“Vera Stern, an arts administrator who, with her husband, the violinist Isaac Stern, helped rescue Carnegie Hall from demolition in 1960, died on Tuesday at her home in Manhattan,” writes William Grimes in Wednesday’s (7/22) New York Times. “She was born Vera Lindenblit on July 11, 1927, in Berlin.” Her father died at Auschwitz, and following World War II she and her mother immigrated to New York City. After moving to Israel in 1952, “She found work at a radio station in Tel Aviv. Within a few months she met Mr. Stern…. Seventeen days later, they married. After returning to New York City, she began raising money for Israel Bonds, cultivating skills she put to use working for the America-Israel Cultural Foundation … Mrs. Stern, who became the president of the organization, played a major role in expanding its scholarship program…. When Carnegie Hall was threatened with demolition … Mr. Stern served as the public face of the campaign to save it, but his wife worked furiously behind the scenes, proselytizing and persuading. … Her marriage to Mr. Stern, who died in 2001, ended in divorce.” Survivors include sons Michael, music director of the Kansas City Symphony, David, a Paris-based conductor, and a daughter, Shira Stern, a rabbi in Morganville, N.J.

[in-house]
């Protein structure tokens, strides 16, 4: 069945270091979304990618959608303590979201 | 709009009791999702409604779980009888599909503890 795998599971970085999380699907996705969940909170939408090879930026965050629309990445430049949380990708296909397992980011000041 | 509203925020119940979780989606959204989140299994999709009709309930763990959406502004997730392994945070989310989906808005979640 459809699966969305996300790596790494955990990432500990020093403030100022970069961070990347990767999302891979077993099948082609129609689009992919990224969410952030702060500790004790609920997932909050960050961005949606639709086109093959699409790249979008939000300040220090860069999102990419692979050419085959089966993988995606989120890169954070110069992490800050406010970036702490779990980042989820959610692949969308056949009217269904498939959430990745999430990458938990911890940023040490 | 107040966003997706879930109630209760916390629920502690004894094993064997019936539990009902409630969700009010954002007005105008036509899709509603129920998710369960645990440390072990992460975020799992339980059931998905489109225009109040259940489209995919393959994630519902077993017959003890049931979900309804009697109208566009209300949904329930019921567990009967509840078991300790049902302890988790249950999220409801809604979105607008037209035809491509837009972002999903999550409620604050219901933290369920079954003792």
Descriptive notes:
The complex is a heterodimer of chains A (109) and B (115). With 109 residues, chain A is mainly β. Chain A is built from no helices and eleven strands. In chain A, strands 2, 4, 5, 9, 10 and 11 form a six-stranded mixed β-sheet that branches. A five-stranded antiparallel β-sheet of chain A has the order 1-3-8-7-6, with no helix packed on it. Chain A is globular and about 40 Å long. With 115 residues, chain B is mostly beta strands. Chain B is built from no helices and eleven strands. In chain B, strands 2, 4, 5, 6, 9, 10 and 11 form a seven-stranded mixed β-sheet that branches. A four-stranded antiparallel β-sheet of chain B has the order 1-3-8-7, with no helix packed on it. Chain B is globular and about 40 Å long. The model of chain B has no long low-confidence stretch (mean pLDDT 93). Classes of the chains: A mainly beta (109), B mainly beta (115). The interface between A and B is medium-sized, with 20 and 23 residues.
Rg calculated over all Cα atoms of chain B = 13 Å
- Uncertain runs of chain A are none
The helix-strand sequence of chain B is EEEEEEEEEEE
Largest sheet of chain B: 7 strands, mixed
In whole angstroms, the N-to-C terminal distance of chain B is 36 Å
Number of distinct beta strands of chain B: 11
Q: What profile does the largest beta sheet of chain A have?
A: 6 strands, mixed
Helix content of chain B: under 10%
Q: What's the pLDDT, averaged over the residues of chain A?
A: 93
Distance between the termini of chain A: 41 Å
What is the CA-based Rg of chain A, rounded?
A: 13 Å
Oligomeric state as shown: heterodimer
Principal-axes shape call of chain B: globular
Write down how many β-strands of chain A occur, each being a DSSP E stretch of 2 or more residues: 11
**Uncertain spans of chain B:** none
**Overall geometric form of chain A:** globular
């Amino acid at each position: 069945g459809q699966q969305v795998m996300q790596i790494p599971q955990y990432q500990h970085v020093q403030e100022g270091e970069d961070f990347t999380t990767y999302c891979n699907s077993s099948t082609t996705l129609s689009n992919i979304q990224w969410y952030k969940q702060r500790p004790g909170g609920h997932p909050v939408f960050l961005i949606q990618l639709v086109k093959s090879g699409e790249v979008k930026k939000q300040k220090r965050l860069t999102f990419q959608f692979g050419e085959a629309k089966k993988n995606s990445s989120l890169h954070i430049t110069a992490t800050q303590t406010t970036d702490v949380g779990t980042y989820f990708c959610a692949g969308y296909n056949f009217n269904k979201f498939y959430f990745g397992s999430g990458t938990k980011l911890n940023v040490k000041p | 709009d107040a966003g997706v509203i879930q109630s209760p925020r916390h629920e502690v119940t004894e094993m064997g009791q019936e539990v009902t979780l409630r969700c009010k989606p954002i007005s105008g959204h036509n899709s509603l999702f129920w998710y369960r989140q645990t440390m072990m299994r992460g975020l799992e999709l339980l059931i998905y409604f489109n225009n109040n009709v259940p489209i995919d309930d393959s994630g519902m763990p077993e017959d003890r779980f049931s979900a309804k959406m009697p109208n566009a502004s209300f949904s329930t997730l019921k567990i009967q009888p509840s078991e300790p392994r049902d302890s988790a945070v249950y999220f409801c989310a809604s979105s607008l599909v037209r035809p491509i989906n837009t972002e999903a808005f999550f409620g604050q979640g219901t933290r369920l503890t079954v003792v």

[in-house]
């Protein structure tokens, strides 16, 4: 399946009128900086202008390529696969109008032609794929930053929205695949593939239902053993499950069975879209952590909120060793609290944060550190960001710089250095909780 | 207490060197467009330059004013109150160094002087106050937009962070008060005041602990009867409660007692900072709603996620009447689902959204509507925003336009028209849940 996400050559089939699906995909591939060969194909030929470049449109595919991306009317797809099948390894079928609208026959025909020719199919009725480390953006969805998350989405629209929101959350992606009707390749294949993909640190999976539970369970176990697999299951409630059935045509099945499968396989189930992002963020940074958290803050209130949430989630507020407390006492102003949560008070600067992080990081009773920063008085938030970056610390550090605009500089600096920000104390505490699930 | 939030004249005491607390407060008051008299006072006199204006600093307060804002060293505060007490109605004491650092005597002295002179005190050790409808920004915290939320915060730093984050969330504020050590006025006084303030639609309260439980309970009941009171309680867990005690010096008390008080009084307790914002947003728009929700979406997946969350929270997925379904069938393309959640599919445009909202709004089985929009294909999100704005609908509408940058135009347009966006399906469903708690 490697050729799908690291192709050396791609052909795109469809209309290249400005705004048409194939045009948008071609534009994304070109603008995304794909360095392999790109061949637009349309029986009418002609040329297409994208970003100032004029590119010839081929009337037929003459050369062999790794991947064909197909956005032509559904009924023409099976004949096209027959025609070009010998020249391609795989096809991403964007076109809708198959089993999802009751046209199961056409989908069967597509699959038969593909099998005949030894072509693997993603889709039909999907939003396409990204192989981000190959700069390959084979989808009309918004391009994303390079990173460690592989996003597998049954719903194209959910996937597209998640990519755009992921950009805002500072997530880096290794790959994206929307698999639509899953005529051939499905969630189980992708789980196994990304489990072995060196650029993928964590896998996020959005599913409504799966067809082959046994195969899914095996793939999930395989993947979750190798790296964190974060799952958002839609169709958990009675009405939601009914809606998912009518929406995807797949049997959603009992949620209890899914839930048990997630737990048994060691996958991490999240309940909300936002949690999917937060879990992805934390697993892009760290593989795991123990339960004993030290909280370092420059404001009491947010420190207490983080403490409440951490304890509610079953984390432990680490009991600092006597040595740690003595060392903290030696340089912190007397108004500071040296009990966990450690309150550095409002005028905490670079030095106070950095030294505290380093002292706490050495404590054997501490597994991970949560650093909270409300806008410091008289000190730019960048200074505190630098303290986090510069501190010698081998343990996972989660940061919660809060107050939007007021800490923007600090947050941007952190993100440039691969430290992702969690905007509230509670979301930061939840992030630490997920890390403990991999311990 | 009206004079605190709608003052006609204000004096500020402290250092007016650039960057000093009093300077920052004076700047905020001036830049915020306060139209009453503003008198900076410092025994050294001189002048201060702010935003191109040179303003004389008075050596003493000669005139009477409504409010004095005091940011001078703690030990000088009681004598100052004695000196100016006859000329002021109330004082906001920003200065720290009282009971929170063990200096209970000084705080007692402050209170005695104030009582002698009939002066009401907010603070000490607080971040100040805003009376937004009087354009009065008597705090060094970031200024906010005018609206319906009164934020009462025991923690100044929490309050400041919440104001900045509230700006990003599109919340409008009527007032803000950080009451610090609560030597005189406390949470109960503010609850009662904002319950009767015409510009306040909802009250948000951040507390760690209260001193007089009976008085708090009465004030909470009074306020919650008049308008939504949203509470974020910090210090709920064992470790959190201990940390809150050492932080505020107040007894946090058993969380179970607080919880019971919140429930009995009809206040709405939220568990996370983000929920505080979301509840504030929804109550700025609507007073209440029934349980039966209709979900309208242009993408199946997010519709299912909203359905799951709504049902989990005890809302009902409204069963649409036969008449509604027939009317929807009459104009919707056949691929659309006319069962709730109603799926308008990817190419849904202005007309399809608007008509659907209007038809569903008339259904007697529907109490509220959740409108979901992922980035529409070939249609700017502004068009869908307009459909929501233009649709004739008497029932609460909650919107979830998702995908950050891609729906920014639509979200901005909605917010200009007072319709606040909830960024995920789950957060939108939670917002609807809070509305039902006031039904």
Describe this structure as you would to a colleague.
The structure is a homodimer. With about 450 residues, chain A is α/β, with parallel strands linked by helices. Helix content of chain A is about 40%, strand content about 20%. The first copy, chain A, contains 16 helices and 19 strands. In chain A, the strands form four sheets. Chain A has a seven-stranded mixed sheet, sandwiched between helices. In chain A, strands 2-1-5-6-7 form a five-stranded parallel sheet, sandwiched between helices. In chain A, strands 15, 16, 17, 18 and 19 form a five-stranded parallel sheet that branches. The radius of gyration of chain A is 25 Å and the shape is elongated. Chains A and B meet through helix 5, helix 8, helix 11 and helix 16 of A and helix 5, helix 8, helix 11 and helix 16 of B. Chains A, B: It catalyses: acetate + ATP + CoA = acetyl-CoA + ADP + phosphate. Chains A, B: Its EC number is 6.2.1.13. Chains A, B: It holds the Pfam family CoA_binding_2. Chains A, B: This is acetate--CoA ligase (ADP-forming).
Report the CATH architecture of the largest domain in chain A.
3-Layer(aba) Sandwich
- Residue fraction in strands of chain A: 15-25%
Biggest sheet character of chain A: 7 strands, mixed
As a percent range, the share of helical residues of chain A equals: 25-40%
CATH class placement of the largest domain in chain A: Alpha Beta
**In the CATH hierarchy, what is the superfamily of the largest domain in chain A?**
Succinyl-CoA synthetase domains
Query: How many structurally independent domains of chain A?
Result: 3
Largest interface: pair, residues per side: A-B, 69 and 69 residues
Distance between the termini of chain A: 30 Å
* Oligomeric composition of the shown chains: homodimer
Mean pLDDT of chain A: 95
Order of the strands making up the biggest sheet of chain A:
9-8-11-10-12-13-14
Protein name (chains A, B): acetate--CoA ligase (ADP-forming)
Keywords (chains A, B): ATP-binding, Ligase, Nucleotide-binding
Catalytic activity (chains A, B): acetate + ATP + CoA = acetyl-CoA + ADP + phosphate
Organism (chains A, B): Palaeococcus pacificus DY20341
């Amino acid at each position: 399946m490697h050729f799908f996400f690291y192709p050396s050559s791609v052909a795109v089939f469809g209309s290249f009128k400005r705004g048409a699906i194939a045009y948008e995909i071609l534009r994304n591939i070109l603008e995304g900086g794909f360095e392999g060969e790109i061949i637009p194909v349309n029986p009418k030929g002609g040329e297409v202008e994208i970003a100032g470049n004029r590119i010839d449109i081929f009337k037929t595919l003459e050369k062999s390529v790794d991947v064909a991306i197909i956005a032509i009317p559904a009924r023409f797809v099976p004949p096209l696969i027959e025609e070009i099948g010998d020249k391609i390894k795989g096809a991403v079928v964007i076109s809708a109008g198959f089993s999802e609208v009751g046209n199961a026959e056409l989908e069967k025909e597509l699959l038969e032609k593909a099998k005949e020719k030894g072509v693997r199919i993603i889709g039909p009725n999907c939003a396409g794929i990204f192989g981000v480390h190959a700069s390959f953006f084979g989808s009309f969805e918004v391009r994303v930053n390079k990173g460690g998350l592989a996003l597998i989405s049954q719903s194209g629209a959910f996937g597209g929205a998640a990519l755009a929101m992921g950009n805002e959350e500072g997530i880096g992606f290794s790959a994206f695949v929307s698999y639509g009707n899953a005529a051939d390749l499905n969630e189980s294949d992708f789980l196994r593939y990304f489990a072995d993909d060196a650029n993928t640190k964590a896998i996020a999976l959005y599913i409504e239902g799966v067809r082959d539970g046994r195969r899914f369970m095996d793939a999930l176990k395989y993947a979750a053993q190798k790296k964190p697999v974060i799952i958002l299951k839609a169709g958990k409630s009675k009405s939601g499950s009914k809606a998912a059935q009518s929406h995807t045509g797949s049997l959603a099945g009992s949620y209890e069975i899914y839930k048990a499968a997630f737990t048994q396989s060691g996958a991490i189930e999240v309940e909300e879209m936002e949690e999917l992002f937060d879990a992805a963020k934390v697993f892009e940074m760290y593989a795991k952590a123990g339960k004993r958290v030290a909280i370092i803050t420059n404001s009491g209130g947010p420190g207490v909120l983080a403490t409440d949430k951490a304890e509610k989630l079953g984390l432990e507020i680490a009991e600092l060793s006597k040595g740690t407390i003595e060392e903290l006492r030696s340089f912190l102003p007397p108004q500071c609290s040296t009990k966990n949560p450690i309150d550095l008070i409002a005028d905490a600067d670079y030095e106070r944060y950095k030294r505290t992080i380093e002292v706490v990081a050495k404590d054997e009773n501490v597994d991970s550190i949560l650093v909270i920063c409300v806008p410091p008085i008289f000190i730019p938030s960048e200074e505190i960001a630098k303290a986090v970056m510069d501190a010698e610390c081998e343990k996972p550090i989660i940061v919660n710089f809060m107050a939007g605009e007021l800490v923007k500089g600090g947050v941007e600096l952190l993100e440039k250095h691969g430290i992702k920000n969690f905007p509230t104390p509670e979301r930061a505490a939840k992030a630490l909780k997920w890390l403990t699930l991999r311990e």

Posted July 24, 2015